Whaam! is one of my favourite paintings – actually, it is probably my favourite painting. I have several Lichtenstein prints hanging in my house including a small Whaam! print.
Roy Lichtenstein painted it in 1963. Lichtenstein based it on a comic strip published in 1962 and as a result, there was some criticism of the work. It was originally in the Tate (now Tate Britain) since its purchase in 1966 and then it was moved to the Tate Modern in 2006. The painting is made up of two canvas panels.
Two weeks ago I saw the painting twice. I went on a Sunday afternoon and for the first time, I got close to the painting and saw some imperfections that I had not noticed before. I went back during the week to check my eyesight and take some pictures. I work close enough to the Tate that a lunchtime visit is comfortable. Bear in mind that I have seen this painting many times in the Tate, the Tate Modern and last year in the Tate Liverpool, and yet these imperfections had escaped me.
In the left panel, there is a speech bubble with “I pressed the fire control… and ahead of me rockets blazed through the sky…”. In the bottom right-hand corner, the black outline is smudged very slightly (1).
There are other artefacts in this panel. If you look closely at the aeroplane, there are some smudges on the edge of the red and blue dotting (2). It almost looks as if the artist left the pencil on the canvas. I doubt he intended that.
Similarly, on the star of the aeroplane, it looks as if the edge is smudged (3). There are several artefacts like this in the panel. Maybe these were intended to make the edge of the shape more prominent. In the second panel, there is some overspill of the dotting in the explosion (4).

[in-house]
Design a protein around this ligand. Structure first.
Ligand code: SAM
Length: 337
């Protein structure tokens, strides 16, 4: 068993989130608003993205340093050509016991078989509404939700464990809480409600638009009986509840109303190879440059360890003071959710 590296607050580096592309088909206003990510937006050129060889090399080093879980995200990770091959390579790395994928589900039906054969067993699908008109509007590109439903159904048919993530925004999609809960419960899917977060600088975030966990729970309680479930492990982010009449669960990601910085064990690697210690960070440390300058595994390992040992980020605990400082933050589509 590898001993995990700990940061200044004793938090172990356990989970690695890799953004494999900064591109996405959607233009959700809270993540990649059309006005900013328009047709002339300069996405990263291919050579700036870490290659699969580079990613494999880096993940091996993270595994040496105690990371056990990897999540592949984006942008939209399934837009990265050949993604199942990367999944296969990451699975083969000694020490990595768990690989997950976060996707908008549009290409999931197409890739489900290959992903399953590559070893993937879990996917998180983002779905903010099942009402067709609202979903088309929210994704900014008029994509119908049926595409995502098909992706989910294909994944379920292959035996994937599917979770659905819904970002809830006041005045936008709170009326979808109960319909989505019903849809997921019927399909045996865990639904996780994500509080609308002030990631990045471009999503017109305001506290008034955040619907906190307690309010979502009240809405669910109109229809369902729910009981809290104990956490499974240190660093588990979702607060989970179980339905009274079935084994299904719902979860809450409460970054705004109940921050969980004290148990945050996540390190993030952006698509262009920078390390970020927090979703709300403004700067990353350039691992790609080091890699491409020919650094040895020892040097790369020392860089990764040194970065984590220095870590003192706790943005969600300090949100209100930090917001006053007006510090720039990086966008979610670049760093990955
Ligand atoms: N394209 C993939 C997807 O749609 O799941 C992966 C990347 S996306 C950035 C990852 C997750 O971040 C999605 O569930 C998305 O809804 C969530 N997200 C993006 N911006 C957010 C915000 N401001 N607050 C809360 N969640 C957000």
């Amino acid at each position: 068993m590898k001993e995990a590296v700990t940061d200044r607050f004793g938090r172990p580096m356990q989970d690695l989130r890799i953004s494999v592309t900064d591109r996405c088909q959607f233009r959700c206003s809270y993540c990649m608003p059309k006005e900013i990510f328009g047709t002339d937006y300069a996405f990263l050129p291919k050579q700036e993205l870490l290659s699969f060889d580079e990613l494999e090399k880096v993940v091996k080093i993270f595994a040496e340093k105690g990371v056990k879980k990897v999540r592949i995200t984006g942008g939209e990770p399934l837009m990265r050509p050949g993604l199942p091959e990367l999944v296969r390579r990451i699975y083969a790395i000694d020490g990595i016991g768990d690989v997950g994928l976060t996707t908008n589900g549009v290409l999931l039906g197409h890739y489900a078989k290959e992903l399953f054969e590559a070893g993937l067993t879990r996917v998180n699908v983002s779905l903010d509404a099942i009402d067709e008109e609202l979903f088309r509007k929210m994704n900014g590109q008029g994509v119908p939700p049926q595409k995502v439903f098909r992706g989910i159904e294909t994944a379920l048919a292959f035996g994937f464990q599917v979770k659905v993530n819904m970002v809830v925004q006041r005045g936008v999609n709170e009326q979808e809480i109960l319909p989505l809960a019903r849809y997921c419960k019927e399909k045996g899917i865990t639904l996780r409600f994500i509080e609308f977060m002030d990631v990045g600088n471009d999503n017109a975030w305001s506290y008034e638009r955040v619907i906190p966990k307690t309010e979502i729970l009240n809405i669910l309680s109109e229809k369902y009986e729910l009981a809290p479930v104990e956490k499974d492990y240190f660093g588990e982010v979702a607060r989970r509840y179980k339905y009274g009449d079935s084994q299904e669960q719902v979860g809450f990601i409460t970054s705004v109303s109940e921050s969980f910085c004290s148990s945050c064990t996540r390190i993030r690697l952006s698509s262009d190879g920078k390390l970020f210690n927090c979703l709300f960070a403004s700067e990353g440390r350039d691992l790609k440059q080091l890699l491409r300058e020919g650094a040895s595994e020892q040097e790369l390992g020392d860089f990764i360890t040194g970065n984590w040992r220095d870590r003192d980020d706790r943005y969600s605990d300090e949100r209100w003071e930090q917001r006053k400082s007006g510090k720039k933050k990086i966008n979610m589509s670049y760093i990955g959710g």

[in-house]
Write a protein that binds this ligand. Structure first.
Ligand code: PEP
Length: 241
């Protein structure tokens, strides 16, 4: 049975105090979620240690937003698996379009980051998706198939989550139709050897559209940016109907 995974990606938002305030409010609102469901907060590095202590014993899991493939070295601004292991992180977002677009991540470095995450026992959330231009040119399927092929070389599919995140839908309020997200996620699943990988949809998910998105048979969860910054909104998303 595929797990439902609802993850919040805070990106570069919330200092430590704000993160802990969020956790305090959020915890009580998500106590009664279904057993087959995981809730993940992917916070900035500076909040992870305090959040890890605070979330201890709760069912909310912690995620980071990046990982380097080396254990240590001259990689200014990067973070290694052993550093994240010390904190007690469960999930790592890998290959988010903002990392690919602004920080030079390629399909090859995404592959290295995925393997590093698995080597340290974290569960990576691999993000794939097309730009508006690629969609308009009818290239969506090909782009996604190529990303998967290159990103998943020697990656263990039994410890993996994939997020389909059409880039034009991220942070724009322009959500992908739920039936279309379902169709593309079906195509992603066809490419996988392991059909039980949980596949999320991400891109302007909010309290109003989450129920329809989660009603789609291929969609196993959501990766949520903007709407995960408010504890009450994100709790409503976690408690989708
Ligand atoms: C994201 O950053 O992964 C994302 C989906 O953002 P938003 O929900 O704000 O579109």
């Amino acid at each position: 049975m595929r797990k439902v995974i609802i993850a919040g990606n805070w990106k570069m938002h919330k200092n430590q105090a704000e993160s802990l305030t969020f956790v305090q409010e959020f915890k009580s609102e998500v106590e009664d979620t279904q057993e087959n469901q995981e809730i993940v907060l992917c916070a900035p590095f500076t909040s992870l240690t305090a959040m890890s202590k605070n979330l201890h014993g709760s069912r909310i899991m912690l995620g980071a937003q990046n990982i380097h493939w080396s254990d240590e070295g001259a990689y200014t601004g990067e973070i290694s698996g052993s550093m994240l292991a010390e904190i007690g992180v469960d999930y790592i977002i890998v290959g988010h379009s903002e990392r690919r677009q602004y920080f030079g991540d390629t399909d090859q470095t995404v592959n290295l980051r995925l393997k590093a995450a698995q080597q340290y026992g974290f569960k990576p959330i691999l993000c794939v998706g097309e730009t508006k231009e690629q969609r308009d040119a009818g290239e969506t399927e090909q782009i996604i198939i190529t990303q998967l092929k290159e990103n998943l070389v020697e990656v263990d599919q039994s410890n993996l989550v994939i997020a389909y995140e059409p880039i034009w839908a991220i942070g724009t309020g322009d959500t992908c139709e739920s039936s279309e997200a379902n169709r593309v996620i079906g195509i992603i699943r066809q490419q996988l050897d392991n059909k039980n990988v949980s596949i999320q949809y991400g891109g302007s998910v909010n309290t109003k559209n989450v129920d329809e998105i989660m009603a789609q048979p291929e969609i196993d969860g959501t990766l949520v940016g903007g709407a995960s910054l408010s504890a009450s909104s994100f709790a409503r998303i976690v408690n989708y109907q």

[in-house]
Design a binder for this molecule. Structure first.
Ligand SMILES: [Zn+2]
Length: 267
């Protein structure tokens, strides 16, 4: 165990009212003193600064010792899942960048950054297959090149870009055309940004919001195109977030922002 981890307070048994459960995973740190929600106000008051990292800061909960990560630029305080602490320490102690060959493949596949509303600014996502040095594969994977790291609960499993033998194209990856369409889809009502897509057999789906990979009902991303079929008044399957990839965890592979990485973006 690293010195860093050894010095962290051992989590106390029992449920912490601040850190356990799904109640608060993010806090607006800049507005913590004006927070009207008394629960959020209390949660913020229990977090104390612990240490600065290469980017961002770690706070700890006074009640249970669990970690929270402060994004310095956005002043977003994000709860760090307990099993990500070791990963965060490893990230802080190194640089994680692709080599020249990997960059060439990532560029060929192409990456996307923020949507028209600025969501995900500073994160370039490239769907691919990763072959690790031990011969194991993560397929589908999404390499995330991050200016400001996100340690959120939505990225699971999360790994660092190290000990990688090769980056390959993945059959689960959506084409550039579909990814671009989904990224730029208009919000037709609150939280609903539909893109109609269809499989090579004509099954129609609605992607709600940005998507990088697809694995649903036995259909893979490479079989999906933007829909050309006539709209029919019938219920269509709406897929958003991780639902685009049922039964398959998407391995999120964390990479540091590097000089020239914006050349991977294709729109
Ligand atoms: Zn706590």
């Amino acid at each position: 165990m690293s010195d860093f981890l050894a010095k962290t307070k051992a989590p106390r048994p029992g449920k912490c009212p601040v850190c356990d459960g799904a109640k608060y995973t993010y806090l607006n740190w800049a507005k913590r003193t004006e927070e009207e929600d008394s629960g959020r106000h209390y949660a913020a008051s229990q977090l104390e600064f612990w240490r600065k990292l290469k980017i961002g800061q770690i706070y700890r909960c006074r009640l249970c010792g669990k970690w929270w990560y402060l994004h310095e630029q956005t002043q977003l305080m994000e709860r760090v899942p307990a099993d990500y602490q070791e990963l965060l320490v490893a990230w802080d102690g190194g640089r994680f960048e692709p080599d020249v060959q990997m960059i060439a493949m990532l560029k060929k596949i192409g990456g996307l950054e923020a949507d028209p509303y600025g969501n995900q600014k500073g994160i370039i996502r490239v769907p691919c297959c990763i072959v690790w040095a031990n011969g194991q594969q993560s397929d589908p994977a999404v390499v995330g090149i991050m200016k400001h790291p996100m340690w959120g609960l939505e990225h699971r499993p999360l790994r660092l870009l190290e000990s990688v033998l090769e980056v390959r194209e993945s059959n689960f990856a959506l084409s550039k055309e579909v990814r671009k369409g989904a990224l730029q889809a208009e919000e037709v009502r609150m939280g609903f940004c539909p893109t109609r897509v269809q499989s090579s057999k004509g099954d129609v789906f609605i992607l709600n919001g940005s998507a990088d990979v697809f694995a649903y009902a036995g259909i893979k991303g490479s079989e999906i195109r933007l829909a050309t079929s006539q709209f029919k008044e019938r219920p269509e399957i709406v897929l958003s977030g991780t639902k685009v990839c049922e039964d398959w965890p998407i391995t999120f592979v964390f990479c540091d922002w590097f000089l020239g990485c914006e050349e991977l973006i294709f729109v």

Recently, the painting was cleaned and I wondered if the process had damaged the painting. Actually, they went to great efforts to check the process before starting and had to do minimal retouching afterwards. There is a film about the process.
But of course, do the imperfections matter? It is still my favourite painting and when it is viewed at the right distance, these small things are not really visible at all. In fact, it has taken me years to notice them. The imperfections show the humanity of the artist and maybe they were intentional.
If you put this into context with your daily work, particularly where it is creative or artistic, you will no doubt find imperfections in it. You may well be aware of but that others will simply not notice. Does it really matter? Of course, it really depends on what the result needs to do. A bridge carrying heavy traffic needs to built correctly, but a missing statue on it won’t matter. We need to focus on the important 80% and not the unimportant 20%.
(Added 15/2 – Seth Godin posted on a related theme today.)
(The pictures were taken by me – the main “Whaam!” picture was taken at Tate Liverpool in 2018 and is cropped. The other pictures were taken in the Tate Modern.)